Firearms Fundamentals: gun safety rules – Part 2

Yesterday, we talked about the three primary rules of gun safety. As pointed out in the comments section, safe gun handling goes far beyond just those three.

Of utmost importance when shooting, whether target practicing or hunting, is to know your target and what is beyond. Most targets don’t stop bullets, so you need a solid backstop large enough to account for misses. A short backstop can be a problem because a poorly aimed shot could miss it entirely. Misses must be taken into consideration while hunting as well. If you shoot uphill at a deer and miss, where is that bullet going to go? Shooters are responsible for every bullet that leaves the barrel.

I also mentioned yesterday at one of the biggest causes of accidents is ignorance, or a lack of knowledge of safe gun handling. In keeping with that, it is very important to know how your particular firearm operates. How to load it, how to unload it, and how to handle it in a safe manner. When buying a gun, be sure to always ask the seller to show you how it works and read the manual. If one is not provided by the seller (for a used gun, for example) you can often contact the manufacturer or search for one on the internet.

When you target practice, you should always wear ear and eye protection. Hearing can easily be damaged by repeated gunfire, and there are a myriad of ways your eyes can be injured: spent casings (brass) hitting you, bullet fragments ricocheting back from the target, etc. It is also a good idea to wear a hat, long pants, and long sleeved shirts to guard against being struck by brass or fragments. When shooting, you must not be under the influence of drugs or alcohol. This includes any legal medications that warn against handling automobiles or machinery. Anything that can impair your judgment or abilities must be avoided while shooting.

You also need to be sure that your gun is in safe operating condition (have it checked by a gunsmith if something doesn’t seem right) and that you only shoot the proper ammunition in it. Accidentally loading it with the wrong size ammunition can cause the firearm to malfunction and result in injury. Sometimes the type of ammunition can cause problems. For example, with 9mm ammunition there are cartridges loaded with additional powder which creates higher gas pressures when it is fired. This is referred to as +P or +P+ when even more is added. A handgun that is not rated for those higher pressures can fail if loaded with that ammunition.

Even when storing firearms, there are important factors to consider. Guns and ammunition should be stored so they cannot be accessed by unauthorized persons and should be stored separately so that if one is accessed the other is not. Trigger locks can be a great form of secondary protection, but a gun with a trigger lock can still be stolen if it is not in a safe or locked storage cabinet. Never put a trigger lock on a loaded gun as you would then be manipulating the trigger on a loaded gun!

I highly recommend that anyone who owns a firearm take at least one gun safety class. Yesterday, I mentioned the NRA Basic Pistol program, which is a great beginner class for learning gun safety. Many gun ranges and gun shops offer training as well, and the cost is very reasonable considering that such training could very well save your life or the life of someone you love.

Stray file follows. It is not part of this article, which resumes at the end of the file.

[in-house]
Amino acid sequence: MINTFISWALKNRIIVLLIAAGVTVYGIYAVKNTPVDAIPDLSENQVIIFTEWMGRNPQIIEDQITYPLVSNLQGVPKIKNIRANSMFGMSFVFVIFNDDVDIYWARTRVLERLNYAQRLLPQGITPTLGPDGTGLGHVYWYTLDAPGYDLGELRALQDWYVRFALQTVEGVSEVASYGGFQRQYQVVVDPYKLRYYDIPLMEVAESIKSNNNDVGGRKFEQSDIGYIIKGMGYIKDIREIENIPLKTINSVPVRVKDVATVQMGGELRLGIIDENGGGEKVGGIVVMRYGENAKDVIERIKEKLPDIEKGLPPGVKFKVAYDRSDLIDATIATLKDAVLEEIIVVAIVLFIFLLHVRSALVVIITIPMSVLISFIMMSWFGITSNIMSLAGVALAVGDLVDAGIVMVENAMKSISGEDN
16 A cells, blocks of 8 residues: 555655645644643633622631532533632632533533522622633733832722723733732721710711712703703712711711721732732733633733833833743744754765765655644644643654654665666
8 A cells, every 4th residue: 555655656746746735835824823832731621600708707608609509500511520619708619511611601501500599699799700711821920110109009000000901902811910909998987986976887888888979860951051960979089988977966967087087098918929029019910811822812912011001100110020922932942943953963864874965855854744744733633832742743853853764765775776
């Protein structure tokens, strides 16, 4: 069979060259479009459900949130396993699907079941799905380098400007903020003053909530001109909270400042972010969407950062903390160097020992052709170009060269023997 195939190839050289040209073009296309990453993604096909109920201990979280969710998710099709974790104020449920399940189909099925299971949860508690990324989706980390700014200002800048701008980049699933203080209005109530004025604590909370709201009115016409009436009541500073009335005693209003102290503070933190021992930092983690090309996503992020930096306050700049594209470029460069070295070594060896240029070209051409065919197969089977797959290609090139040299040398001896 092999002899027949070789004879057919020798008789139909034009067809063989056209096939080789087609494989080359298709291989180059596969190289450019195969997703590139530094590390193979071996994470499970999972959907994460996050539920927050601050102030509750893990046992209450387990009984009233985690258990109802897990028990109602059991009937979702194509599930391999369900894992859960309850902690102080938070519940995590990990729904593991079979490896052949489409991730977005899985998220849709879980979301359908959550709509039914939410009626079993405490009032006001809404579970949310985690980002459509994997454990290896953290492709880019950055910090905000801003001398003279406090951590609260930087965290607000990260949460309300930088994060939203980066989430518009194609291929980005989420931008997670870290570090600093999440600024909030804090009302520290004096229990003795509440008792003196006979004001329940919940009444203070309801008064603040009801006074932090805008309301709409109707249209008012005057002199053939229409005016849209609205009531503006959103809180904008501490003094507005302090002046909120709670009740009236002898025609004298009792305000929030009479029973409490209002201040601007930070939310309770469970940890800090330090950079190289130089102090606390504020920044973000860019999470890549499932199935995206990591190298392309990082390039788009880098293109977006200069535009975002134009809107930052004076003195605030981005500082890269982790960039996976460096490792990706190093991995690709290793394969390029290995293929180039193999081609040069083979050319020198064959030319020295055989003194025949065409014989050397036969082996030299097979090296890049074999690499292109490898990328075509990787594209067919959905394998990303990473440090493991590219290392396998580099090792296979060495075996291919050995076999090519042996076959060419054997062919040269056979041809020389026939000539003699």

Owning a firearm is a serious responsibility, but with proper training and observance of some basic rules is a very safe activity.

Stay safe out there!

Firearms Fundamentals: gun safety rules – Part 1

The topic for this week is the most important: gun safety.

A firearm is a tool designed to propel a projectile (the bullet) at a high rate of speed. Where that bullet goes is up to the person pulling the trigger. A gun by itself is neither good nor evil, it is the person handling it that makes that determination.

One of the things you lean in an NRA Basic Pistol course is that there are two main causes of firearms accidents, ignorance and carelessness. Ignorance is not stupidity, it is a lack of knowledge. If you don’t know how to safely handle a firearm you will make mistakes. Carelessness is knowing those rules, yet failing to apply them. The three basic rules are the most important:

  1. ALWAYS keep the gun pointed in a safe direction
  2. ALWAYS keep your finger off the trigger until you are ready to shoot
  3. ALWAYS keep the gun unloaded until it is ready to use

If these rules are known and always followed, injuries due to gun accidents are much less likely to occur. If the gun is pointed in a safe direction yet fires, nobody will be injured. If your finger is not on the trigger (the most common mistake I see), the gun will most likely not fire, even if dropped. And if the gun is unloaded, it can’t fire.

Keep in mind for that last rule that “unloaded” means verified unloaded. Every gun is to be considered loaded until you prove otherwise. It doesn’t matter if the Pope himself tells you a gun is unloaded, you always verify for yourself. Open the cylinder, rack the slide, and physically check the chamber to be sure no ammunition is present. We’ve all heard about accidents occurring when somebody “thought it wasn’t loaded.” Trust, but verify. If you ever watch someone experienced with gun safety handle a firearm, you’ll see them check to see if a gun is unloaded every time they touch one, even if passing it from one person to another. Each one will check.

Sometimes I get asked, well, if you are supposed to keep a gun unloaded until it is ready to use, how does that apply to a gun for self-defense? Are you supposed to load it while someone is breaking in to your house? The answer is simple, a gun being relied upon for self-defense is currently in use for that purpose.

The last thing I want to say about keeping a gun unloaded until ready to use is that it is especially important while cleaning a gun. Anytime a gun is being cleaned it should be triple checked to be sure it is unloaded and no ammunition should be present anywhere in the room.

Gun safety is an important topic with a lot to cover, so we’ll continue this discussion tomorrow in Part 2.